disposal wells

Oil and gas companies want to comply with regulators’ requests to shut down disposal wells if it blunts the boom of earthquakes, but they want the state to clarify the process used to dispute such requests, The Journal Record’s Sarah Terry-Cobo reports.

Joe Wertz / StateImpact Oklahoma

Gov. Mary Fallin on Thursday approved the transfer of nearly $1.4 million from the state emergency fund to strengthen Oklahoma’s earthquake response.

The money is going to a pair of agencies tasked with researching the earthquake surge and regulating the oil and gas activities likely causing it.

Joe Wertz / StateImpact Oklahoma

SandRidge Energy has agreed to shutter some disposal wells in earthquake-prone northern Oklahoma in a settlement that avoids legal action by state oil and gas regulators.

Joe Wertz / StateImpact Oklahoma

Scores of worried residents sounded off to state lawmakers at a pair of public meetings on Thursday and Friday about Oklahoma’s earthquake boom. Republicans and Democrats each held their own earthquake hearings. Both were rowdy.

People spoke out about home damage, insurance problems and potential injuries. They also chastised state officials for failing to rein in oil and gas activities linked to the shaking. At the Edmond meeting organized by Republican Representative Lewis Moore, people interrupted and yelled.

Fourteen Edmond residents filed a lawsuit Monday against a dozen oil and gas companies, “claiming their saltwater disposal wells were in part to blame for earthquakes that hit central Oklahoma in recent weeks,” The Oklahoman‘s Paul Monies reports.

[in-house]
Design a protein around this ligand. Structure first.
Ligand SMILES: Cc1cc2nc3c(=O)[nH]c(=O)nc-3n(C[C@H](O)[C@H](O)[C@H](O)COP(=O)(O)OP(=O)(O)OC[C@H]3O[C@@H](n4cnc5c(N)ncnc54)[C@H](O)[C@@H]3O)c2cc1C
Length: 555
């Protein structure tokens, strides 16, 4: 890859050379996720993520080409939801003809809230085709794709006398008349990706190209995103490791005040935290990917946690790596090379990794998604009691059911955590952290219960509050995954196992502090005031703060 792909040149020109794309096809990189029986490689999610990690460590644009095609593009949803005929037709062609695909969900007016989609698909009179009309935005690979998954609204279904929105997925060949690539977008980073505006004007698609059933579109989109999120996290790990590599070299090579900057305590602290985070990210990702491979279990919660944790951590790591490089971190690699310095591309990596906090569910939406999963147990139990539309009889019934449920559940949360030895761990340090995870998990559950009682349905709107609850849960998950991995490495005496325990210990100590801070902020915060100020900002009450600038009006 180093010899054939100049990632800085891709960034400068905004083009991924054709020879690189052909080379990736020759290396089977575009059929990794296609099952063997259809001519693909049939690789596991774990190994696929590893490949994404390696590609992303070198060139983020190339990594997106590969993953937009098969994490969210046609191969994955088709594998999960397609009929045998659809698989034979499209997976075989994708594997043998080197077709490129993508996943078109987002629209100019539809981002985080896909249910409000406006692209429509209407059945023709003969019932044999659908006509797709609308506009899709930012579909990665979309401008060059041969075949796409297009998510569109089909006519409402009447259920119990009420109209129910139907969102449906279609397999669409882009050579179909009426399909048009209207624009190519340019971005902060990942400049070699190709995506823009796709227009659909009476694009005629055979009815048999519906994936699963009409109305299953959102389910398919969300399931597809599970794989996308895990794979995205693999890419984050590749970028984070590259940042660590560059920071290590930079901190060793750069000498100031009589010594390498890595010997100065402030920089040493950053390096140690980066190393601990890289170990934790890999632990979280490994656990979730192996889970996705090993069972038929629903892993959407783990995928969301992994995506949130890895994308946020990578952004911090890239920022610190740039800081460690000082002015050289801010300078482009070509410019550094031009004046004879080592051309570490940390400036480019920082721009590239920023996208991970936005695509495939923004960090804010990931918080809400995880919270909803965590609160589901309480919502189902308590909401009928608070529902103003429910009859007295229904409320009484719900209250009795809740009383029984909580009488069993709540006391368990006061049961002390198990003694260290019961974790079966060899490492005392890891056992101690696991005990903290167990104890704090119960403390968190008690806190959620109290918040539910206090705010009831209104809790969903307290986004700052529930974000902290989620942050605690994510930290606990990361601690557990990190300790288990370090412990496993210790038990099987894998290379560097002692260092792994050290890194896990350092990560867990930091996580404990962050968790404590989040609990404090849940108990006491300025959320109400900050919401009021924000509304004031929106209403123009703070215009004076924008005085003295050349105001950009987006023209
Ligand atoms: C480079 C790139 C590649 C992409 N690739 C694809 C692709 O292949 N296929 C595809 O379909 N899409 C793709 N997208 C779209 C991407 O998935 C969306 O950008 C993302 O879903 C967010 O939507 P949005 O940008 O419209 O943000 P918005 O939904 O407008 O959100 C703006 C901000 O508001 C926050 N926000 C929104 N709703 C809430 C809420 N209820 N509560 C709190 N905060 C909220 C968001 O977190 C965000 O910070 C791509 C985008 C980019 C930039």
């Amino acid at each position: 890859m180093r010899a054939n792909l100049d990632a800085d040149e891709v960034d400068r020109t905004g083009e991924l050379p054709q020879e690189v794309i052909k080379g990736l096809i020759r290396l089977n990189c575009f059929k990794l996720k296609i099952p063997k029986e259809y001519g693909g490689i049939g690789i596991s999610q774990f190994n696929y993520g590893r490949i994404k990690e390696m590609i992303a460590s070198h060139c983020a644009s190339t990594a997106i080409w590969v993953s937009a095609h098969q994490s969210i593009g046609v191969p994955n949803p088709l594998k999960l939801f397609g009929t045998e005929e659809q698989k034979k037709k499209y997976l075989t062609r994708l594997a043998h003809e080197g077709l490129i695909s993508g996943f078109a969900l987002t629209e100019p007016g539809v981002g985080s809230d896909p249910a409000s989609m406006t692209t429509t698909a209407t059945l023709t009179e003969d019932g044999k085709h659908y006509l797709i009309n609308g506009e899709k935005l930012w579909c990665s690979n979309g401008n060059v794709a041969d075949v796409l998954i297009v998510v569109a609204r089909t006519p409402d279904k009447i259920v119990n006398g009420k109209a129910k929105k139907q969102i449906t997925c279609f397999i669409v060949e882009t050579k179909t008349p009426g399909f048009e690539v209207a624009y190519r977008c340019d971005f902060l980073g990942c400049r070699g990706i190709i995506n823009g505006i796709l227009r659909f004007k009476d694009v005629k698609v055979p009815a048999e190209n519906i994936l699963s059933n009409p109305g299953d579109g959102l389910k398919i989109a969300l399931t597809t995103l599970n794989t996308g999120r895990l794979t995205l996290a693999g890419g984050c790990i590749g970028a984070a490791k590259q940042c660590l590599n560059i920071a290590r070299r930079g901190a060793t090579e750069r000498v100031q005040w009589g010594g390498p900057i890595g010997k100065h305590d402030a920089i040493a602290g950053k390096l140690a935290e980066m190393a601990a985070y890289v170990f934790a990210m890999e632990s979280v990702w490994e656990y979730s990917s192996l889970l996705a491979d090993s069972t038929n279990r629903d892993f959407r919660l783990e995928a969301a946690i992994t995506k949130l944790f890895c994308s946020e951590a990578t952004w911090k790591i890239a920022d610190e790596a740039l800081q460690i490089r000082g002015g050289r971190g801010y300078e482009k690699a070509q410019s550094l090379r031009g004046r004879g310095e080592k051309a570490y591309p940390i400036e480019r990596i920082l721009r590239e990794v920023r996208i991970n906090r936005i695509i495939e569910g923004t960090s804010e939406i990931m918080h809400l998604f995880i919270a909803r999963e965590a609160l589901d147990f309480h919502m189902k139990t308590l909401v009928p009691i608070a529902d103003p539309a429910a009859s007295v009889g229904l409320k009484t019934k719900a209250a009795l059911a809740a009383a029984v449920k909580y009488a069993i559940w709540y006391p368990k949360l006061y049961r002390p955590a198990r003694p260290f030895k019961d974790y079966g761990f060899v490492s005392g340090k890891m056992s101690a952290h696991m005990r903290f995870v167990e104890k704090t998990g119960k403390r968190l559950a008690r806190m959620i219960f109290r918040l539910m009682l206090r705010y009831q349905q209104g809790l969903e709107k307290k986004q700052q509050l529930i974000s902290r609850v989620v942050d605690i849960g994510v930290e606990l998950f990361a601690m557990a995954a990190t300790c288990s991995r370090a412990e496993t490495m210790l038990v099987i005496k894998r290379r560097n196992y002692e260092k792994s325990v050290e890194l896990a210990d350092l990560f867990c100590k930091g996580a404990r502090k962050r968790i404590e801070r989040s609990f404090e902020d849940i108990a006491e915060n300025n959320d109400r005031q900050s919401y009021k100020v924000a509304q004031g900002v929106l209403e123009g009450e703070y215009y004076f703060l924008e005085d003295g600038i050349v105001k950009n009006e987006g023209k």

This week in Oklahoma Politics, KOSU's Michael Cross talks with ACLU Oklahoma Executive Director Ryan Kiesel and Republican Political Consultant Neva Hill about their expectation for 2016, new presidential action in an attempt to reduce gun violence and a dispute between the State Auditor and the Attorney General.

The trio also discuss the recent earthquakes in Oklahoma and the American Indian Cultural Center and Museum.

Logan Layden / StateImpact Oklahoma

There’s a $1 billion hole in the state budget that has consequences for Oklahoma’s environment and natural resources. A controversial state question could pit farmer against farmer. The ground beneath Oklahoma is shaking — figuratively and literally in 2016 — and StateImpact is on it.

NOT IF, BUT WHEN: PREPARING FOR THE NEXT DROUGHT

strong earthquake that woke scores of residents in the Oklahoma City area before dawn Tuesday is shaking regulators and state lawmakers.

facebook.com/GovernorMaryFallin

The annual Oklahoma Governor’s Water Conference in Norman included updates on regional water plans, drought mitigation, and experts from other states sharing their water insights. But, Governor Mary Fallin came with a new idea to save water — and reduce earthquakes.

Fallin told the crowd Oklahoma’s oil and gas industry injected 1.5 billion barrels of wastewater from fracking into the ground last year, a process scientists have linked to the state’s earthquake swarm.

Joe Wertz / StateImpact Oklahoma

Researchers studying Oklahoma’s energy industry-linked earthquake surge and state regulators eager to quell the shaking have circled the wagons around a specific class of wells companies fill with wastewater and other fluid byproducts of oil and gas production.

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